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Severe DLL Hijacking Flaw in Skype Won’t Be Patched by Microsoft

As of January, 2018, Skype has been used by approximately 300 million users, according to statistics by Statista. Even though Skype is not the most popular and widely used messenger, its user base still is quite big. So any news regarding a loophole in the security of Skype is troublesome, to say the least.

Such is the case with the recently discovered severe vulnerability in Skype which could allow attackers to obtain full access to the compromised host. This would happen through gaining system-level privileges to a local user with no privileges. The flaw was discovered by security researcher Stefan Kanthak who reported it to Microsoft. The flaw resides in Skype’s update installer found to be vulnerable to DLL hijacking.

The severity of the DLL hijacking vulnerability, however, is not the only issue here. Apparently, Microsoft, the owner of Skype, isn’t planning on fixing the flaw any time soon. The reason is not because the flaw can’t be patched. It’s because patching it would require the software to be entirely re-written. What does this mean? Instead of simply releasing a patch, Microsoft would have to release a brand new version of the messenger.

Related Story: Skype Accounts Hacked Easily Regardless of Microsoft’s Two-Factor Protection

More about DLL Hijacking Vulnerability

In case of such an attack, hackers would exploit the functionality of the Windows DLL loader. “Exploitation of this preferential search order can allow an attacker to make the loading process load the attackers’ rogue DLL rather than the legitimate DLL,” researchers explained. More specifically:

An attacker with access to the file system may place a malicious ntshrui.dll in the C:\Windows directory. This DLL normally resides in the System32 folder. Process explorer.exe which also resides in C:\Windows, upon trying to load the ntshrui.dll from the System32 folder will actually load the DLL supplied by the attacker simply because of the preferential search order.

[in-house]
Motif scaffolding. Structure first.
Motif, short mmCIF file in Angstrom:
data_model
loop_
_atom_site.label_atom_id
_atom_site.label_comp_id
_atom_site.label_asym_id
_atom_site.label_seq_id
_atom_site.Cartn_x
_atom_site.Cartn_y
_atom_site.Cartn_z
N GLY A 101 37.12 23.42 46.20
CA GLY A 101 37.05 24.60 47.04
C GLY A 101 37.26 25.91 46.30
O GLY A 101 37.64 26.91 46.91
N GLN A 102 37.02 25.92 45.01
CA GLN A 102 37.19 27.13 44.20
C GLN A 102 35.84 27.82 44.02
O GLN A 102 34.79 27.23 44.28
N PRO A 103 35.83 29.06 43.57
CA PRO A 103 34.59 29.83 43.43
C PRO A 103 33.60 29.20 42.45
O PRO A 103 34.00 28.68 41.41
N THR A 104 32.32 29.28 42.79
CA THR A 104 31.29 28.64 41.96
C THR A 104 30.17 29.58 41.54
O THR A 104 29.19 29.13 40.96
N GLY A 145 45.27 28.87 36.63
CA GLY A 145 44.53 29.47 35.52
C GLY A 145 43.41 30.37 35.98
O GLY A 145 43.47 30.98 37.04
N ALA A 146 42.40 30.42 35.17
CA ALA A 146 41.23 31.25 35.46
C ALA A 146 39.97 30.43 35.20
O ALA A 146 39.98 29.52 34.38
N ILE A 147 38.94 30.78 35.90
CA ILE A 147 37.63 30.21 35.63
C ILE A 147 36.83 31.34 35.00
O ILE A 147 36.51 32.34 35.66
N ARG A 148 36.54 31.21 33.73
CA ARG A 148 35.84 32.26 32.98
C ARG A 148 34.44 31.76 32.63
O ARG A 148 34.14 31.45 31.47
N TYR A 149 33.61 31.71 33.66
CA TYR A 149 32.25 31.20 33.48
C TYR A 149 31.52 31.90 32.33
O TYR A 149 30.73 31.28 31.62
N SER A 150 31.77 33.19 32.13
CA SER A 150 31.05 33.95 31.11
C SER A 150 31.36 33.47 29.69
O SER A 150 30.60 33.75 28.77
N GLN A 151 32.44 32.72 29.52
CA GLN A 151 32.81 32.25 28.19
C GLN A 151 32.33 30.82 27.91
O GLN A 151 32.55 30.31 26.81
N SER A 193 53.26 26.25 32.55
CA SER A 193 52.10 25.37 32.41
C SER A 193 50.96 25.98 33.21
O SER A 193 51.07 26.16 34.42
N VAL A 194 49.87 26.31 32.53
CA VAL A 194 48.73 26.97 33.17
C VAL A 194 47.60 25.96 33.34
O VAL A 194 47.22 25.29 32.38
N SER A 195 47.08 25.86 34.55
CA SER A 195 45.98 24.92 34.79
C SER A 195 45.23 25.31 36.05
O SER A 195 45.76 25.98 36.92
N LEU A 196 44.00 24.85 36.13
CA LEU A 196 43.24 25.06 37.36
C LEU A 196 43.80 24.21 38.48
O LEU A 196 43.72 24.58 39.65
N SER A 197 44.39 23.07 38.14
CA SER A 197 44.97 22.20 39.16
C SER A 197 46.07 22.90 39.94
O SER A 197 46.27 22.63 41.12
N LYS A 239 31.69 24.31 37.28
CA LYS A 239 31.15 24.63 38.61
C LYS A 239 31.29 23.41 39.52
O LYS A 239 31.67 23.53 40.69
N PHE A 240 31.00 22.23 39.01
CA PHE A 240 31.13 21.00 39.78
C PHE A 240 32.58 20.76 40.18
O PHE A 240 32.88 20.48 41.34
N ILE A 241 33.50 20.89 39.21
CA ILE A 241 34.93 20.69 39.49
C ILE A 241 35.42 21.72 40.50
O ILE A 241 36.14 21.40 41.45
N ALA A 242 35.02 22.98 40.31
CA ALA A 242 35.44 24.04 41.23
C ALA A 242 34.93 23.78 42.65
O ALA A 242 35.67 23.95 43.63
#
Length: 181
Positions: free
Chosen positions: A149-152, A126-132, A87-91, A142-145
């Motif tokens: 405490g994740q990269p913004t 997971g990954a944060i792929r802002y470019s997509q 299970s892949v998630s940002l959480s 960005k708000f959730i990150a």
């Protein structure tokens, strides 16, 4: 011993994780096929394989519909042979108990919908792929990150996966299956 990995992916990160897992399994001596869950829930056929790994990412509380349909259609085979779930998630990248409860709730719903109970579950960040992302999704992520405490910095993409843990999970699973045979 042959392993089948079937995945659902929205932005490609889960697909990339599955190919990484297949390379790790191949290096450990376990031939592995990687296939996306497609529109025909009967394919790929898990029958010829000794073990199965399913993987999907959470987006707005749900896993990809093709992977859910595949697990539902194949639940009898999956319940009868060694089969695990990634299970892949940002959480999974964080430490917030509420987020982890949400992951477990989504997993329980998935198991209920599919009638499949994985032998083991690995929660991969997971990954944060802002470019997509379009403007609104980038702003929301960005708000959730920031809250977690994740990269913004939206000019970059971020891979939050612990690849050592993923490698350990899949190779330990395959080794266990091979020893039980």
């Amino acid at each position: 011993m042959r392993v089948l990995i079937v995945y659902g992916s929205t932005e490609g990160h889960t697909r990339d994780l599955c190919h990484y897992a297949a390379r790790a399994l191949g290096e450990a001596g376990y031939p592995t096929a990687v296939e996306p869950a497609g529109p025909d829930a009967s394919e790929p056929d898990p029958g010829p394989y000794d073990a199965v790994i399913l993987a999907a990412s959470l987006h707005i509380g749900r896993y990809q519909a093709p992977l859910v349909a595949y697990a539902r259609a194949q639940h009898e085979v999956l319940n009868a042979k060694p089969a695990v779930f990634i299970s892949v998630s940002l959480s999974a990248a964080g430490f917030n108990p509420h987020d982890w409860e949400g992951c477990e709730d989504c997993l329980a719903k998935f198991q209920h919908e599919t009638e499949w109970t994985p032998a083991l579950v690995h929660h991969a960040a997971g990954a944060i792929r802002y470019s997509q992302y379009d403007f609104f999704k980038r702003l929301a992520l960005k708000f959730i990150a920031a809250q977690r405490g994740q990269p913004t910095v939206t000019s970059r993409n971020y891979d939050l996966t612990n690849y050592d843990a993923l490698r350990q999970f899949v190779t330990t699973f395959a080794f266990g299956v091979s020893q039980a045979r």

Since the attacker has placed its malicious ntshrui.dll in the same directory as the loading explorer.exe process, the DLL supplied by the attacker will be found first and thus loaded in lieu of the legitimate DLL. Since explorer.exe is loaded during the boot cycle, the attackers’ malware is guaranteed to execute.

All of the above means that the attack leveraging the Skype DLL hijacking flaw can happen using a range of DLL files with various loading processes. The worst part is that no trails are left in both the registry and file system indicating that an incorrect DLL had been previously loaded.

In case of a successful hijacking of the update process, the attacker would download and place the maliciously crafted DLL into a temporary folder. When Skype’s update installer attempts to locate the relevant DLL, it will locate the malicious one instead, and will install the maliciously crafted code.

Even though Kanthak, the researcher who reported the flaw, tested the attack on the Windows desktop version of Skype, he believes that the same DLL hijacking technique could be used against other operating systems like Linux and macOS. It should be noted that the exploit of the flaw works on the desktop version of Skype.

Vulnerabilities in Skype Not a New Thing

In June, 2017, another severe flaw was found in Skype. The flaw was given the CVE-2017-9948 identifier and was a stack buffer overflow one in Microsoft Skype 7.2, 7.35, and 7.36 before 7.37. The flaw involved MSFTEDIT.DLL mishandling of remote RDP clipboard content within the message box, as explained by researchers. The highly severe vulnerability was disclosed on 16th of May, 2017.

Related Story: CVE-2017-9948 – Severe Skype Flaw, Patch Now to Latest Version

The vulnerability was remotely exploitable via a session or by local interaction. The issue resided in the print clipboard format & cache transmit via remote session. Affected systems were Windows XP, Windows 7, Windows 8 and Windows 10. Keep in mind that the vulnerability was addressed and patched in Skype v7.37.

As for the current DLL hijacking flaw, until Microsoft is done working on the brand new version of Skype that will replace the currently vulnerable one, users should be extra cautious with their online activities. It’s highly advisable to employ an anti-malware program to guard the system against malware attacks.

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Milena Dimitrova

Milena Dimitrova

An inspired writer and content manager who has been with SensorsTechForum since the project started. A professional with 10+ years of experience in creating engaging content. Focused on user privacy and malware development, she strongly believes in a world where cybersecurity plays a central role. If common sense makes no sense, she will be there to take notes. Those notes may later turn into articles! Follow Milena @Milenyim

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